This is often because they believe the website’s translatable content—such as its text and imagery—will dramatically change throughout the redesign project. However, in most cases, the majority of changes relate to design and functionality only. The quantity of changes made to translatable content are far less than imagined. Translation costs are often minimal.
Even if a redesign does result in some additional translation costs, they are outweighed by the opportunity cost of neglecting website translation while you wait to begin, manage and complete your redesign project.
During the time it takes for a redesign to complete (which always takes more time than initially forecasted), a company will miss out on previously untapped conversions and revenue in global markets. They’ll also delay significant gains in brand awareness and SEO benefits, and increase the likelihood of losing potential customers to the competition.
When weighing the costs of translation against the lost opportunity of waiting until after the redesign, there’s far more to gain by translating your website sooner than later.
Conventional vs. Advanced Translation Solutions
Selecting the right translation solution is the best way to reduce the costs of a website localization project. But not all translation providers are created equal.
Most translation vendors compete on price with low price-per-word translation models. Unfortunately, these “bargains” come with hidden costs such as extra charges for reviews, edits or quality assurance. Alternately, those lower translation costs can result in poor translations.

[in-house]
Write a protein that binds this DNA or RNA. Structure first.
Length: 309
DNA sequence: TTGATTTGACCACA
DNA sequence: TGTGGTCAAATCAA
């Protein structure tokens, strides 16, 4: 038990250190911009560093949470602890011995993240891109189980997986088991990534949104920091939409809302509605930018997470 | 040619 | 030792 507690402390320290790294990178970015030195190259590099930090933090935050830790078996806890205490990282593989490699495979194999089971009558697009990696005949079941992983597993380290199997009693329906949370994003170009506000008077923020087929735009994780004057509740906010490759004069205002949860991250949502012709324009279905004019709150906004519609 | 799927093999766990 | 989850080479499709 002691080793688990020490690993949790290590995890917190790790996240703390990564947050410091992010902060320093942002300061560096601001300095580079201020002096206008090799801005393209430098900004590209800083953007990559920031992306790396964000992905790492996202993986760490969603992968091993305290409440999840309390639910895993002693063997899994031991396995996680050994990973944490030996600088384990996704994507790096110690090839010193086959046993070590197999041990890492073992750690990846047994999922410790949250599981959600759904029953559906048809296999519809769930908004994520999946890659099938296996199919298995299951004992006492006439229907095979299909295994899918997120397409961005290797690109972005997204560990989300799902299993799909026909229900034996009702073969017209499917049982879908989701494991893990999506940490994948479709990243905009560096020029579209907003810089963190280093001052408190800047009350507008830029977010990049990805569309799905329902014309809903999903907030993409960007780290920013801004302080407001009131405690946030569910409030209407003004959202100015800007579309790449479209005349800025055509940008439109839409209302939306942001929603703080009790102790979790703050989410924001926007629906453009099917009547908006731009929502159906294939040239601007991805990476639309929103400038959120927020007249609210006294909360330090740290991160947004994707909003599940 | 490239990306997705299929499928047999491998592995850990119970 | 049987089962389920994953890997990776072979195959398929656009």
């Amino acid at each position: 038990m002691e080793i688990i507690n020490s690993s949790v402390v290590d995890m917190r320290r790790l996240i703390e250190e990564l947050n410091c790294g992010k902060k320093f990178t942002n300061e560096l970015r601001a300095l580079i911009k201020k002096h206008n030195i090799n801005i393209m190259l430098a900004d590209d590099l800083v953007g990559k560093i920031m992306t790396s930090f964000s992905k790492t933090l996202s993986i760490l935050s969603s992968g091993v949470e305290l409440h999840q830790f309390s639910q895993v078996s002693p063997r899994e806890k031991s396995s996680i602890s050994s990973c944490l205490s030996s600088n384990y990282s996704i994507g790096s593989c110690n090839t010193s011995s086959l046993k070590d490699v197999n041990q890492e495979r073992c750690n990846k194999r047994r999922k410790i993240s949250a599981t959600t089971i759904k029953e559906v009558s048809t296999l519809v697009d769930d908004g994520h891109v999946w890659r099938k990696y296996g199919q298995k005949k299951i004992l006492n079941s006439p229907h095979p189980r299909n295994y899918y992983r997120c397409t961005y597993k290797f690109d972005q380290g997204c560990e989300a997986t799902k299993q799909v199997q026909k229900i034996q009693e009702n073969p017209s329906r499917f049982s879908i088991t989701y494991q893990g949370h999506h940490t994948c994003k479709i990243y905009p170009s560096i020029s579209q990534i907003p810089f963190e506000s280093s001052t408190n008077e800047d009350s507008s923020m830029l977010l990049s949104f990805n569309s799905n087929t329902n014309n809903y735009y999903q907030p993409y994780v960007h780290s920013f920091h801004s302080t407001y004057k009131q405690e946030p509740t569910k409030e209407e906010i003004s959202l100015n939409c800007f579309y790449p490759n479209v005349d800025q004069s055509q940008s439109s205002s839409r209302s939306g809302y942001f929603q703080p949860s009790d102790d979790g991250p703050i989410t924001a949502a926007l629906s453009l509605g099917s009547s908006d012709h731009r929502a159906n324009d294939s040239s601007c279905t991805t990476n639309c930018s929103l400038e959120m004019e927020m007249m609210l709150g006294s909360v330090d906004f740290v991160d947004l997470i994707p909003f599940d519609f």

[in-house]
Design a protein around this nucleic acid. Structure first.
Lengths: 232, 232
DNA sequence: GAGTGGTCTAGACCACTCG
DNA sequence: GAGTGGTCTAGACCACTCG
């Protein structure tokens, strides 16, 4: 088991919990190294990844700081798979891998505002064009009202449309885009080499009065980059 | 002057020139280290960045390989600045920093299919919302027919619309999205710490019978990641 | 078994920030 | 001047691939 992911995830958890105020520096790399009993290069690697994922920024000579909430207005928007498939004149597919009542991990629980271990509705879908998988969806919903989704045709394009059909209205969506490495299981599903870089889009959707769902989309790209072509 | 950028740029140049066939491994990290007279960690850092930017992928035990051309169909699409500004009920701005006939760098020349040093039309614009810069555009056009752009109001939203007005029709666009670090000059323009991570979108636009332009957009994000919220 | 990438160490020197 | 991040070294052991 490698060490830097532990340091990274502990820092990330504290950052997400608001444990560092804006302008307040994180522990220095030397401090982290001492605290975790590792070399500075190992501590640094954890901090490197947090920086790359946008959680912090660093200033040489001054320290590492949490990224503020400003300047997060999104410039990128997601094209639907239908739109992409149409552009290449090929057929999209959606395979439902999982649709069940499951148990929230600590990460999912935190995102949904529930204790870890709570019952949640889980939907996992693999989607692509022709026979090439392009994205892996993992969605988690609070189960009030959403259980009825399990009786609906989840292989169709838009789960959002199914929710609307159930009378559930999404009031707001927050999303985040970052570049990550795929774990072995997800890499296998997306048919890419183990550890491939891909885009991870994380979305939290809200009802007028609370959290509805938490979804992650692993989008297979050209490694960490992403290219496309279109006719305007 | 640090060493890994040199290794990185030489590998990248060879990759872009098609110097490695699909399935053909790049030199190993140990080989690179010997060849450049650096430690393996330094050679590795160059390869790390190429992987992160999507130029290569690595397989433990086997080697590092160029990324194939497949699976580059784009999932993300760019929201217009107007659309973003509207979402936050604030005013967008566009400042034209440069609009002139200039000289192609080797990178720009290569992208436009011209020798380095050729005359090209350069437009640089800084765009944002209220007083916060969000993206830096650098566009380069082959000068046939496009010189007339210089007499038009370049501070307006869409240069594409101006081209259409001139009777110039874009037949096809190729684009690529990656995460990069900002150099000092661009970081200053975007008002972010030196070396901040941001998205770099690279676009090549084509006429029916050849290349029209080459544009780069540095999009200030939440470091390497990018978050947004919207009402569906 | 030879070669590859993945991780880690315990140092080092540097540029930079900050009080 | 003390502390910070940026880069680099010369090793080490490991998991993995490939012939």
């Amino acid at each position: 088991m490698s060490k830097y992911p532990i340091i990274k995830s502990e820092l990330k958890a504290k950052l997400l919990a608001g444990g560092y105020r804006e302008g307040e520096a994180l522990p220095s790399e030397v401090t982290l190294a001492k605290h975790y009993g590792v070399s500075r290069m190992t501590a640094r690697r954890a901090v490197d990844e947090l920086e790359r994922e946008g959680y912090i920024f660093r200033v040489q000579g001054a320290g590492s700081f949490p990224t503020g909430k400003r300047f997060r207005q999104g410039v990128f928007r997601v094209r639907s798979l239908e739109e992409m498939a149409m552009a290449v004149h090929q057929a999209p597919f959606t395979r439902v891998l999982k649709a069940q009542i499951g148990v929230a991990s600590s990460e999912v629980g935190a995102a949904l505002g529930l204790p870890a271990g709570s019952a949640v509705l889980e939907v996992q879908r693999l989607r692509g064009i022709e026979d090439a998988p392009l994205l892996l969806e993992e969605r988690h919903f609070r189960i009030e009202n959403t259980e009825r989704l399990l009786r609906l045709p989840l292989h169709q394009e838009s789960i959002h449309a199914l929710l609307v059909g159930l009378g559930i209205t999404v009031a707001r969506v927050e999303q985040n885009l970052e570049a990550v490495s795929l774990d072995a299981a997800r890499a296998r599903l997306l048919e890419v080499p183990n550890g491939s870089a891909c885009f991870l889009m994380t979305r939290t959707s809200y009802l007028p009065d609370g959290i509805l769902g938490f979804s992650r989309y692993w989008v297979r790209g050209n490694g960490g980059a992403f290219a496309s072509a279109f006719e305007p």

Because these vendors aim to maximize your translation spend, they also charge for translation of identical content more than once, or charge you for reusing previously translation content.
Legacy translation solutions often use underdeveloped tools and technology, which can’t detect all translatable content on your website, such as multimedia or complex applications. These less mature technologies can’t keep up with the pace of your business, either. Translation delays and on-site untranslated content puts your user experience at risk, which can impact your bottom line.
Look for a mature, leading solution with industry-leading technology and customer-friendly pricing models. You’ll know you’ve secured the right partner when you find one that:
- Charges a fair, flat subscription that covers all technology, personnel and expertise, and ensures the launch and ongoing operation of a multilingual website
- Uses an all-inclusive price-per-word model for translation that covers editorial and quality assurance processes
- Never charges you for retranslation of content, or repurposing content on other channels
Leverages industry-leading content-detection technology, allowing accurate word-count estimates, translation turnarounds of about one business day, and localization of images, video and web applications
Your company can—and should—pursue website translation along with a redesign project without worrying about overspending. Find the right translation partner that provides a turn-key technically superior solution, customer-friendly pricing and technologies that were built to you time and money.Last updated on June 12, 2019